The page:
The impending States of Jersey debate on setting up an Electoral Commission must not be dismissed as arcane self-obsession by the rest of us.
The present situation, in which abstentions consistently top the polls, cannot be claimed as a healthy or successful democracy. Thus, we need to develop a political scene that does command widespread public confidence. To do so, we need to improve the process, to offer the hope that public engagement will influence outcomes for the better. And, the hardcore under the foundations must be that we choose very carefully whom we entrust the improvement to.
While the Clothier Commission's proposals were not entirely to my personal taste, and the hatchet job the States did on them still less so, I can only admit it was a convincingly authoritative body to make those proposals. We must have another such Commission this time.
Unfortunately, some of the latest ideas being floated for the make-up of the Commission would rob it of that convincing authority from the outset. I can see a weak argument for including States Members, on the grounds that they are elected and paid to show leadership and make decisions on political matters. However, every last one of them has too much of a vested interest in the results to be at all credible. Only a completely independent Commission could be considered trustworthy. As a matter of principle, serving and prospective politicians must be ineligible to serve on it.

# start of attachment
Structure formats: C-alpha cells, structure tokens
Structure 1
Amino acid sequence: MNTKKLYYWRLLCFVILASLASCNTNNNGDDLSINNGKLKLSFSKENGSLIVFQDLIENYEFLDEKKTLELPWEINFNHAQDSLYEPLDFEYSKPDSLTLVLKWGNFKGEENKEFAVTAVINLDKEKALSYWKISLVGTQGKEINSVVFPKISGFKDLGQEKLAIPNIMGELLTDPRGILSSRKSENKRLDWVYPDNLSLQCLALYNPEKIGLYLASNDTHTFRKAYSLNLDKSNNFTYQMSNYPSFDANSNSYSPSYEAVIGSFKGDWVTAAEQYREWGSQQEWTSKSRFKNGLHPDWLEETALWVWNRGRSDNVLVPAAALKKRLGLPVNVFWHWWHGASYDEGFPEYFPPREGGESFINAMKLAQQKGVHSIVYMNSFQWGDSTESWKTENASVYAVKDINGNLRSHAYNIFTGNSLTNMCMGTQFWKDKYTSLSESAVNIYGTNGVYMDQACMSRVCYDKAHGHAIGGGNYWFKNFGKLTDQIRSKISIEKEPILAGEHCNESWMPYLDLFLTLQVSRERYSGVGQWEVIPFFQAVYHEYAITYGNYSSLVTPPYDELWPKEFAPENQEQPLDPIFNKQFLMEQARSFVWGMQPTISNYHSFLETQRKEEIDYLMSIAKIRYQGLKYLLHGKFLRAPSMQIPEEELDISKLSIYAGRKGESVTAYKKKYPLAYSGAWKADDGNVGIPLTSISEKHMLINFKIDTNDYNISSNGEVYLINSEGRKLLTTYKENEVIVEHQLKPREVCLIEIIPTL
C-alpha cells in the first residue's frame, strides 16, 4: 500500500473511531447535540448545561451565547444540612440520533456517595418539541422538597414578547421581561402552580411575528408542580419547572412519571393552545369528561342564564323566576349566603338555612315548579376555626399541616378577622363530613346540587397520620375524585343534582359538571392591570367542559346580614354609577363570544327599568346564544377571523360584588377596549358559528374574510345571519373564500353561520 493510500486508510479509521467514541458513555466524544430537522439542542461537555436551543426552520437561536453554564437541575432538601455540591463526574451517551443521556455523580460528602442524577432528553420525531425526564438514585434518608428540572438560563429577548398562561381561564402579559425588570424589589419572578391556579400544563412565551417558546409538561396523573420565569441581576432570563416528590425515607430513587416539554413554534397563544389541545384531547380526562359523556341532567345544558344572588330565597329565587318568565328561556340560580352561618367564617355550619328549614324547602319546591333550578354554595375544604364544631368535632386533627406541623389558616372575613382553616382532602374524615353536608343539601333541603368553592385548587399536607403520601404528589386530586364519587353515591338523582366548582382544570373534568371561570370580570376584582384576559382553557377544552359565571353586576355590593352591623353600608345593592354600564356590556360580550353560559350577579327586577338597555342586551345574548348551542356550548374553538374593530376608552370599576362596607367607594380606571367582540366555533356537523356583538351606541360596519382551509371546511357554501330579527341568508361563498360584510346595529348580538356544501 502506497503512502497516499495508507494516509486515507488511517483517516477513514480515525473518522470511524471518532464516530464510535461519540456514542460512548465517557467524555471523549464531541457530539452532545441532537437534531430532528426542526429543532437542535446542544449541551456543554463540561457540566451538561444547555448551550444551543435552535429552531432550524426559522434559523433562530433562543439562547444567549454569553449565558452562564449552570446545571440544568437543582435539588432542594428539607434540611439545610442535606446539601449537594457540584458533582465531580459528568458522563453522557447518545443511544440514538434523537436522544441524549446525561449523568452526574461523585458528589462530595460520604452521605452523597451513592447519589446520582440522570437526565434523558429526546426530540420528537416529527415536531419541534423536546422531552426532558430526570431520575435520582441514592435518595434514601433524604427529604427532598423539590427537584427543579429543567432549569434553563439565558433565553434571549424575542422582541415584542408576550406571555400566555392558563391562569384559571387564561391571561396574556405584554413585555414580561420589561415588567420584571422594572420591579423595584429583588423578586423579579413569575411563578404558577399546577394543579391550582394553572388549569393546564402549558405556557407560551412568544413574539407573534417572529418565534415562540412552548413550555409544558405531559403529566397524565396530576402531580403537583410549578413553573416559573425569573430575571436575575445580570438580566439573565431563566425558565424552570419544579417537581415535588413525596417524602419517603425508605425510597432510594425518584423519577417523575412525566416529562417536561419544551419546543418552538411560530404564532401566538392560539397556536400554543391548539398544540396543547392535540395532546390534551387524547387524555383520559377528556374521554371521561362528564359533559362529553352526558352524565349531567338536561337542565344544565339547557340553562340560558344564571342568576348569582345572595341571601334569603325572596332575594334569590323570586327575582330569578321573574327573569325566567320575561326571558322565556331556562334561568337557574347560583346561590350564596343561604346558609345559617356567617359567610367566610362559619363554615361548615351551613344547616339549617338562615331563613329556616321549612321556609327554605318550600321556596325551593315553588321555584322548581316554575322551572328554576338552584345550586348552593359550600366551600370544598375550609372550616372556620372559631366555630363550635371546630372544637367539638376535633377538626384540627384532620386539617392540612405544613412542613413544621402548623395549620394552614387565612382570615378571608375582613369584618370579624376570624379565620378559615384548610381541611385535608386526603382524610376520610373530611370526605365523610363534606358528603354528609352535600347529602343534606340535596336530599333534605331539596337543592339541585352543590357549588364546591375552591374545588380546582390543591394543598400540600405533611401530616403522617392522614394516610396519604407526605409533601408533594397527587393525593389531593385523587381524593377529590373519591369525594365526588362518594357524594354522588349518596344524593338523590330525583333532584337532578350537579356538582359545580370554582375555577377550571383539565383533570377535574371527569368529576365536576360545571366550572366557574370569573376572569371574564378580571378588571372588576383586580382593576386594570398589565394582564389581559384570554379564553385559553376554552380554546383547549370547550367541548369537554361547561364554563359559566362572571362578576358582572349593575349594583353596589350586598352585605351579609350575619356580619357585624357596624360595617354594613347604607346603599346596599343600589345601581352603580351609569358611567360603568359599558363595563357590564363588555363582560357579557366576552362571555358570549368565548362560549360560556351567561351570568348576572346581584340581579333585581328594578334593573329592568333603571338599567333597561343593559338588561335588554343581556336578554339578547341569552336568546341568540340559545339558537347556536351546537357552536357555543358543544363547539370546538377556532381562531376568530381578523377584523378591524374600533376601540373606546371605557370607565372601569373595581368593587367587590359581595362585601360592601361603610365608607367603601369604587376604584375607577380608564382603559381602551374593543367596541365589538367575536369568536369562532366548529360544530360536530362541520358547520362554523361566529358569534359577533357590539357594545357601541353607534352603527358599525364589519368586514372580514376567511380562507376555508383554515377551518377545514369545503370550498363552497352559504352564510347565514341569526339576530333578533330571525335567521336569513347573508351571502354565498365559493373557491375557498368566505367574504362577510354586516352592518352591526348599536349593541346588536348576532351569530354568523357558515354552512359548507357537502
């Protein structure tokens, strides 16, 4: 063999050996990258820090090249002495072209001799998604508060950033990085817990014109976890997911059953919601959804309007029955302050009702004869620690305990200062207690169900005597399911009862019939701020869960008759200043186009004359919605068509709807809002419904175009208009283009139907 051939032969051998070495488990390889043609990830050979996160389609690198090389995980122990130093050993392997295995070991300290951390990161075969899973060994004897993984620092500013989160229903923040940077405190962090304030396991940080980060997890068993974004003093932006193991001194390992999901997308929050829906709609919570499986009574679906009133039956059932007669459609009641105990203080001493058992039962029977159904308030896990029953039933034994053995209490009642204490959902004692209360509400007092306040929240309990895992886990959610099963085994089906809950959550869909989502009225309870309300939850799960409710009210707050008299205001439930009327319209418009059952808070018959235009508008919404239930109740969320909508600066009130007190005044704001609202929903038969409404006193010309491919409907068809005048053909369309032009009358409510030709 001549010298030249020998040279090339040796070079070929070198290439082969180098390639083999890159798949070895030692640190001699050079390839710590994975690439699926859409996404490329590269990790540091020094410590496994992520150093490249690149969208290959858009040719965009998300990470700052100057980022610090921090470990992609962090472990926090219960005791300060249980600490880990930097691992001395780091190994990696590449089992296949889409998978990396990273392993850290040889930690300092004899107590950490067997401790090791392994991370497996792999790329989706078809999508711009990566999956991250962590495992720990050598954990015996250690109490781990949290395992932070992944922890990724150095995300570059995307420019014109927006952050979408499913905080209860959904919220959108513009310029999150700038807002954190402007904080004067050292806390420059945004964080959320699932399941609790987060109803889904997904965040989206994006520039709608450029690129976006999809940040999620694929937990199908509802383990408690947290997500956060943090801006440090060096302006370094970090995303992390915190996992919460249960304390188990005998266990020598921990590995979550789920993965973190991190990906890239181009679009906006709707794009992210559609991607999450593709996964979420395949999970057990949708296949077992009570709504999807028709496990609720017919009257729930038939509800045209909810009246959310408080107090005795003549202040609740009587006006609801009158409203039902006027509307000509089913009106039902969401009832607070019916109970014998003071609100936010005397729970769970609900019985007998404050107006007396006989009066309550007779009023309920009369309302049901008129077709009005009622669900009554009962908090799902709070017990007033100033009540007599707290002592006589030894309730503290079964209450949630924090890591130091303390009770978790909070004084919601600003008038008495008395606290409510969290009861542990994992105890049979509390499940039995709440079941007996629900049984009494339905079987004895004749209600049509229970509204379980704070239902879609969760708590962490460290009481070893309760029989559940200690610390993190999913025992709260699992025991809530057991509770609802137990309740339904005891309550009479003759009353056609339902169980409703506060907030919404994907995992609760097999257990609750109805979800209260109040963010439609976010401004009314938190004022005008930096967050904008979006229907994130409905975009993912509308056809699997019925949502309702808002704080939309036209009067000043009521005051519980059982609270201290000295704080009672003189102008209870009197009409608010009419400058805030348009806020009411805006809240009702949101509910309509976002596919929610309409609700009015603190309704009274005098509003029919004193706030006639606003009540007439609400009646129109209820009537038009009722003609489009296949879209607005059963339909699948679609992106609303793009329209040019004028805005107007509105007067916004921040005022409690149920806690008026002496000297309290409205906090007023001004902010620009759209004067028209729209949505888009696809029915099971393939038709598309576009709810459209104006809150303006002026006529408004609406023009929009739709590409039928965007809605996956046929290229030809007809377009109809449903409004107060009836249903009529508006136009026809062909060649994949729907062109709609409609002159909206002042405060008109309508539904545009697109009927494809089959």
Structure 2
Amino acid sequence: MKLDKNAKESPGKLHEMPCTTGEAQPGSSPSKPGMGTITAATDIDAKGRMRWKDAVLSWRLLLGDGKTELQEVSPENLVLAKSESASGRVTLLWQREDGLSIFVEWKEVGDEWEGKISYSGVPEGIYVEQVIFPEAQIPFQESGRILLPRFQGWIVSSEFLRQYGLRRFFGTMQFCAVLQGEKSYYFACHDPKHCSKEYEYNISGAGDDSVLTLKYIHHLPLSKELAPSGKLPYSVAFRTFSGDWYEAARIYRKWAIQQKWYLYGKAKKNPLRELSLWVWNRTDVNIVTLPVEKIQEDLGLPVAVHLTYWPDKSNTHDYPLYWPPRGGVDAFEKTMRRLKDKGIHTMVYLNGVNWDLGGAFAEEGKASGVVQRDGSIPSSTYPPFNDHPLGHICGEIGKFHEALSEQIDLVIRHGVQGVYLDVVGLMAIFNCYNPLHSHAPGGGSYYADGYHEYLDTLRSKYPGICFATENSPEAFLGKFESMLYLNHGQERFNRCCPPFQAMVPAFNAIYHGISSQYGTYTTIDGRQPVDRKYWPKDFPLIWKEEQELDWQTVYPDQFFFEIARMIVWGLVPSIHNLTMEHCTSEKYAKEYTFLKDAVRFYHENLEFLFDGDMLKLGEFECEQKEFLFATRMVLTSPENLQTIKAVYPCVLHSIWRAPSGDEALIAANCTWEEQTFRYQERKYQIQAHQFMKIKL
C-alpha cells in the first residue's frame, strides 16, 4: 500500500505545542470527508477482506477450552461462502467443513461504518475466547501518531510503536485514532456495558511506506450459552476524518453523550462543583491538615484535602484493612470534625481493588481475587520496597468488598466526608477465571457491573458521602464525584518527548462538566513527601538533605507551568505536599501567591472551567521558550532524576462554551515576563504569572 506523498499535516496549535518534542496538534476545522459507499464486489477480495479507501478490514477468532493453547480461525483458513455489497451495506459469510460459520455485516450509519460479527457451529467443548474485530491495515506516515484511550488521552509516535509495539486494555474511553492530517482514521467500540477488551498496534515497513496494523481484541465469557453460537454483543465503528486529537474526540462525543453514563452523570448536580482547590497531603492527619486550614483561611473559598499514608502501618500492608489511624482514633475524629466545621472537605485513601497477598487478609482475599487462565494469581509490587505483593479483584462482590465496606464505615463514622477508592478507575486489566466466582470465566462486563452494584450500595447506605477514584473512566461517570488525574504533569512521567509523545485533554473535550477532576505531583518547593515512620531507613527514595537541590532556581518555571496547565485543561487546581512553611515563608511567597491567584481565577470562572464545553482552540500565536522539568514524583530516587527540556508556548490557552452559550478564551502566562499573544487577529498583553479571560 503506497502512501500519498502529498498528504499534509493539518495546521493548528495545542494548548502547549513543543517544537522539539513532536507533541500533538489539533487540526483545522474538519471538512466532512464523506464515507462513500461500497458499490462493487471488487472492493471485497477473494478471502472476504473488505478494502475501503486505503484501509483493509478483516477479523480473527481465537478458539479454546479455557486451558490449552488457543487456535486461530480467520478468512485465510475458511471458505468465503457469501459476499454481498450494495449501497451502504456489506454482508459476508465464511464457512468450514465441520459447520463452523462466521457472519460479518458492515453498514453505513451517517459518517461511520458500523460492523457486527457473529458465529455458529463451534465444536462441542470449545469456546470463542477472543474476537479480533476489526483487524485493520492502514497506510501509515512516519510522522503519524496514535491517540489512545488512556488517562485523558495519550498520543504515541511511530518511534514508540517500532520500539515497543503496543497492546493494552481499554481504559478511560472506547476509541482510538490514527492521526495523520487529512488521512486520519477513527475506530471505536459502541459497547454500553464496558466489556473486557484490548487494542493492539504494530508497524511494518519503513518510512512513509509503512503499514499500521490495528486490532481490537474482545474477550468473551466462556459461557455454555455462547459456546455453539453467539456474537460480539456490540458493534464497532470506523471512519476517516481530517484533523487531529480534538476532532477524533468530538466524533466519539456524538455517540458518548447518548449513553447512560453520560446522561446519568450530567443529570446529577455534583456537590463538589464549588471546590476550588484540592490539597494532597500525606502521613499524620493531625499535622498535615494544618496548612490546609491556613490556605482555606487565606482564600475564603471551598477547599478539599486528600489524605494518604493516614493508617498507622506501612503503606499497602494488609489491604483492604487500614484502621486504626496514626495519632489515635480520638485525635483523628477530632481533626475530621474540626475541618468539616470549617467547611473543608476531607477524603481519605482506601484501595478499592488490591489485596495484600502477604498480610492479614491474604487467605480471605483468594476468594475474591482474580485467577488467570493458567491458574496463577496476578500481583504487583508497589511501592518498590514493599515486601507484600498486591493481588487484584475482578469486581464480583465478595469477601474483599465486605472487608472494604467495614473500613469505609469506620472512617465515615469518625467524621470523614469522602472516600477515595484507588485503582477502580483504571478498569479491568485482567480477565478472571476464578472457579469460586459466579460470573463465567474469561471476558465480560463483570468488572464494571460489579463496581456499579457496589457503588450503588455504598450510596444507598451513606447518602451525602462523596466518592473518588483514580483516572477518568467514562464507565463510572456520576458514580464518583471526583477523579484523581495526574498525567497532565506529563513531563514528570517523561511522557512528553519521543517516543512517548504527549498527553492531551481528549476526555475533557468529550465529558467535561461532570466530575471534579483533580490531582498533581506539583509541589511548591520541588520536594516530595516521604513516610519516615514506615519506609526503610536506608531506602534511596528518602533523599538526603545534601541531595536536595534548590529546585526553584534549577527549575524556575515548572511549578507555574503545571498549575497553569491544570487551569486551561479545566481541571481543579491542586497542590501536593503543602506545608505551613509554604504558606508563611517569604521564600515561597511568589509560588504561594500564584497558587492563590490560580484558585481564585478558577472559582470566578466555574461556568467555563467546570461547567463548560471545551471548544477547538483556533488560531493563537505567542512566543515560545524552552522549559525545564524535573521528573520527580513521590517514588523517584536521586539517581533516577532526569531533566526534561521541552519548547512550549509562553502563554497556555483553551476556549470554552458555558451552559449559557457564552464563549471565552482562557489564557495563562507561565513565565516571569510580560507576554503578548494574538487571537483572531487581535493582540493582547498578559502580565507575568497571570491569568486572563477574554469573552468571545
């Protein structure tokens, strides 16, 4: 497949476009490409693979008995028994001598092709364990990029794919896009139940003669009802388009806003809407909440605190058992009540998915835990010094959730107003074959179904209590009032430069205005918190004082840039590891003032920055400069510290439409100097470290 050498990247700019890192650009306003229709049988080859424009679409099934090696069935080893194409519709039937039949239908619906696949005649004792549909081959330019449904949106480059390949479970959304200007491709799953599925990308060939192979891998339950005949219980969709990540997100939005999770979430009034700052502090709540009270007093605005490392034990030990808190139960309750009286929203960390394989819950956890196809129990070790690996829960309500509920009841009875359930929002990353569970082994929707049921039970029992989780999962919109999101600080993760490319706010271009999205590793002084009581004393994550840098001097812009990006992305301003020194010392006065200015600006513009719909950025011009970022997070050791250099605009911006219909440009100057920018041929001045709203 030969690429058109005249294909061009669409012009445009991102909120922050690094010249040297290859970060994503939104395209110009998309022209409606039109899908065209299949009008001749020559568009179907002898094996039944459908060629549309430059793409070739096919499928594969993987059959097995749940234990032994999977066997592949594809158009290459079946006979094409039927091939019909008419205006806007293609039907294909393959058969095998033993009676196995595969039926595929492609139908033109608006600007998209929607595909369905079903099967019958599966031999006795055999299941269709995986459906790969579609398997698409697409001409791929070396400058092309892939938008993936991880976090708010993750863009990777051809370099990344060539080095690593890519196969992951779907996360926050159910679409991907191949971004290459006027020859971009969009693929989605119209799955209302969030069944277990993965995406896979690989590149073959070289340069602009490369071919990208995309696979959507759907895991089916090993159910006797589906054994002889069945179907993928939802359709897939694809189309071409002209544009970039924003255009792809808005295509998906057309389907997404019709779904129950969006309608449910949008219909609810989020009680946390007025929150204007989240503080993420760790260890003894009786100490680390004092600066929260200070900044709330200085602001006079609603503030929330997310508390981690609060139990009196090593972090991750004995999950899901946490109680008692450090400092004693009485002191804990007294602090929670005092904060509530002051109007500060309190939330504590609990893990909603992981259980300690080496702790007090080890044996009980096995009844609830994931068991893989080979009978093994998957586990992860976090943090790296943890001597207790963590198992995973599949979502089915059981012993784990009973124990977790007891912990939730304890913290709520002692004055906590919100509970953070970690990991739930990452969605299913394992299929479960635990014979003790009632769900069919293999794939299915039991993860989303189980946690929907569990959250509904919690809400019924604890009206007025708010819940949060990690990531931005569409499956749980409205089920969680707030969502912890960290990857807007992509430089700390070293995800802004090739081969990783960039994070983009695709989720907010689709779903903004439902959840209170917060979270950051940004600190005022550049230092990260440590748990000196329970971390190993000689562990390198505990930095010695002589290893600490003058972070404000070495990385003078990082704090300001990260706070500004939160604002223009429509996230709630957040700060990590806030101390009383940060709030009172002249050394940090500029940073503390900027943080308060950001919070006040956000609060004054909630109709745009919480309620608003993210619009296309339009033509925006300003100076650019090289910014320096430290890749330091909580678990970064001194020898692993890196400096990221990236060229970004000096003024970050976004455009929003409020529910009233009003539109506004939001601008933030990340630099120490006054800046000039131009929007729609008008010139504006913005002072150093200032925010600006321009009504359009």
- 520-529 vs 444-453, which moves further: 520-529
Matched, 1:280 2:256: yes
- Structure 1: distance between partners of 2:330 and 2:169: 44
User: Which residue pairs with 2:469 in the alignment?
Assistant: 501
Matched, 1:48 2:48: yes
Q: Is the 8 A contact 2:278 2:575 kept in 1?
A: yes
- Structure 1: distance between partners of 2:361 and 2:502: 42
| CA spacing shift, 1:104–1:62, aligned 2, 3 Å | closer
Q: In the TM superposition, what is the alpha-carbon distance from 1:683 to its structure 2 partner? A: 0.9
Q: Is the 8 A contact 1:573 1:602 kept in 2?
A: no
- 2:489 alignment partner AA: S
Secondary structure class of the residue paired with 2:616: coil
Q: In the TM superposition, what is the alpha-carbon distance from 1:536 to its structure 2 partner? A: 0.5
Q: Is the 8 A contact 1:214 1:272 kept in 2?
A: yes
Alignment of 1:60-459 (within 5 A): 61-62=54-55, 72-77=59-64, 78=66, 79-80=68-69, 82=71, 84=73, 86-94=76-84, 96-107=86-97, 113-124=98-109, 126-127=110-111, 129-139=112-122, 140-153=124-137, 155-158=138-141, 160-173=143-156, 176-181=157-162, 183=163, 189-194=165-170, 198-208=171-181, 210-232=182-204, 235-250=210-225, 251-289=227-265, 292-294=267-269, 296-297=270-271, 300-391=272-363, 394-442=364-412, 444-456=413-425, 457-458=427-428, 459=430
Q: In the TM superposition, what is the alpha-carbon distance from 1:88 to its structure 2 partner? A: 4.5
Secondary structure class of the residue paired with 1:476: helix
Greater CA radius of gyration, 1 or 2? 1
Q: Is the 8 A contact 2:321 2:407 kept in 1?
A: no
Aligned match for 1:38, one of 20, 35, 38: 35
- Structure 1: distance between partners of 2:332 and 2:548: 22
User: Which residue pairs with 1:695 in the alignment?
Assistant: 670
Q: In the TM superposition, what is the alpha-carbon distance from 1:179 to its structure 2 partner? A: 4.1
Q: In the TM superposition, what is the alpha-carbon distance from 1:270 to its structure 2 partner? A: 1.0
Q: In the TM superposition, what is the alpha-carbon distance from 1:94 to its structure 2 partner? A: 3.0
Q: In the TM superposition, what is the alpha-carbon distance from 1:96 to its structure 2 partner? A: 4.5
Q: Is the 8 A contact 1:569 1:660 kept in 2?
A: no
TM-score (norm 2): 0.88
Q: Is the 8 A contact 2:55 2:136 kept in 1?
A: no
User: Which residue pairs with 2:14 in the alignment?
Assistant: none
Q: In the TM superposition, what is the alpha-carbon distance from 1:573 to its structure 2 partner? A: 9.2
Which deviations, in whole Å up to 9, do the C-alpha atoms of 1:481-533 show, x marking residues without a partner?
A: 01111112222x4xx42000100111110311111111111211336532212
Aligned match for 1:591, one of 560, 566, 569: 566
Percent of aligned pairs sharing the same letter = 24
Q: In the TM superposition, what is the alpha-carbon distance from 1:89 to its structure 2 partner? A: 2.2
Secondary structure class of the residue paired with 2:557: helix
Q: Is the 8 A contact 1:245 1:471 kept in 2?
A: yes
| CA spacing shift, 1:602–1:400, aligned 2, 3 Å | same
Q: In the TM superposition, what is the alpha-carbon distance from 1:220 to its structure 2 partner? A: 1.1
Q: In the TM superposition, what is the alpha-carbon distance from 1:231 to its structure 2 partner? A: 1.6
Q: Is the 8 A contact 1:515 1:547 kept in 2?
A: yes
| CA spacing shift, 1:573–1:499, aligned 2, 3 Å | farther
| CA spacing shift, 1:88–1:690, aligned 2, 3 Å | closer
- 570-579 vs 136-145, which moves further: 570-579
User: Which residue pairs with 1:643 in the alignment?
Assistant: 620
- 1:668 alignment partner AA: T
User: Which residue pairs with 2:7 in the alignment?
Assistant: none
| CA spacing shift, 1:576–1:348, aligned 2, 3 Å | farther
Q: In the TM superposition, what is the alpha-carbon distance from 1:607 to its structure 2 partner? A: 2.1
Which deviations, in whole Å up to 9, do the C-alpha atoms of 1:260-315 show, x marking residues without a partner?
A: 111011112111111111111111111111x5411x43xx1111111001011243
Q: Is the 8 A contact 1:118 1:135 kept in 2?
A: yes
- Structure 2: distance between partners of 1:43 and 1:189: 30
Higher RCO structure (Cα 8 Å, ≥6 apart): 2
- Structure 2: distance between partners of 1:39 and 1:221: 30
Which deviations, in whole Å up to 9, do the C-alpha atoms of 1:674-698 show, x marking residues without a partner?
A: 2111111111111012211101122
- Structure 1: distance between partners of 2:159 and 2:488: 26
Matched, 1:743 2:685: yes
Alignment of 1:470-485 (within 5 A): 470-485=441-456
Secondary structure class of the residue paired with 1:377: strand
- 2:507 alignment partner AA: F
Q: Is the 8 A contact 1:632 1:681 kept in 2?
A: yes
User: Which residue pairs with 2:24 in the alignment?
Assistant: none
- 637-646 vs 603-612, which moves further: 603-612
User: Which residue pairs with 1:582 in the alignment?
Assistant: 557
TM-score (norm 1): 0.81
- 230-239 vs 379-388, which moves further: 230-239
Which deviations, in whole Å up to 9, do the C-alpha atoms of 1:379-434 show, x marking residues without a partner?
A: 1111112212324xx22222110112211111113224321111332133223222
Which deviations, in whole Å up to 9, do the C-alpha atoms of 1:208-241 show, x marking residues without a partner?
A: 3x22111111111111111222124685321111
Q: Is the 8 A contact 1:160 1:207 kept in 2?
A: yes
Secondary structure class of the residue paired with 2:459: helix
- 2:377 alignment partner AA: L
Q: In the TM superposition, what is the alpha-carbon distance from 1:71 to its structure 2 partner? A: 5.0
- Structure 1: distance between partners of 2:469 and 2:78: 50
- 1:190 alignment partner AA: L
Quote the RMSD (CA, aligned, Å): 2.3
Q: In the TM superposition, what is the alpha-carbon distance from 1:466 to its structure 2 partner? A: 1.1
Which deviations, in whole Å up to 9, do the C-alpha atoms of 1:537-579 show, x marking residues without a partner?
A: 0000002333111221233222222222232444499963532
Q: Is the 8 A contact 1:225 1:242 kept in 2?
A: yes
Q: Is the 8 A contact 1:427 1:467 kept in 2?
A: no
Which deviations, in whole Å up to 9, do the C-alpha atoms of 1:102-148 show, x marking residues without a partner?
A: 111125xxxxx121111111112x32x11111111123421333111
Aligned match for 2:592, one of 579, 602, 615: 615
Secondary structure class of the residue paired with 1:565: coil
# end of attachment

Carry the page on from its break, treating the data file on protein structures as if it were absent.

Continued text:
Moving beyond the abstract principle, any States Members tempted to vote against keeping the Electoral Commission independent has to beware of the complication that the Member keenest to get onto the Commission is the turkey who actually wants to vote for Christmas. Any Deputy faced with the risk of opening the way to a potential Chairman with a pre-existing desire to cull their numbers is going to be making their choice under the burden of a massive conflict of interest, even if the Senators and Constables can honestly follow their consciences on principle.
So, this vote will matter to us all. We must pay close attention to how our representatives vote.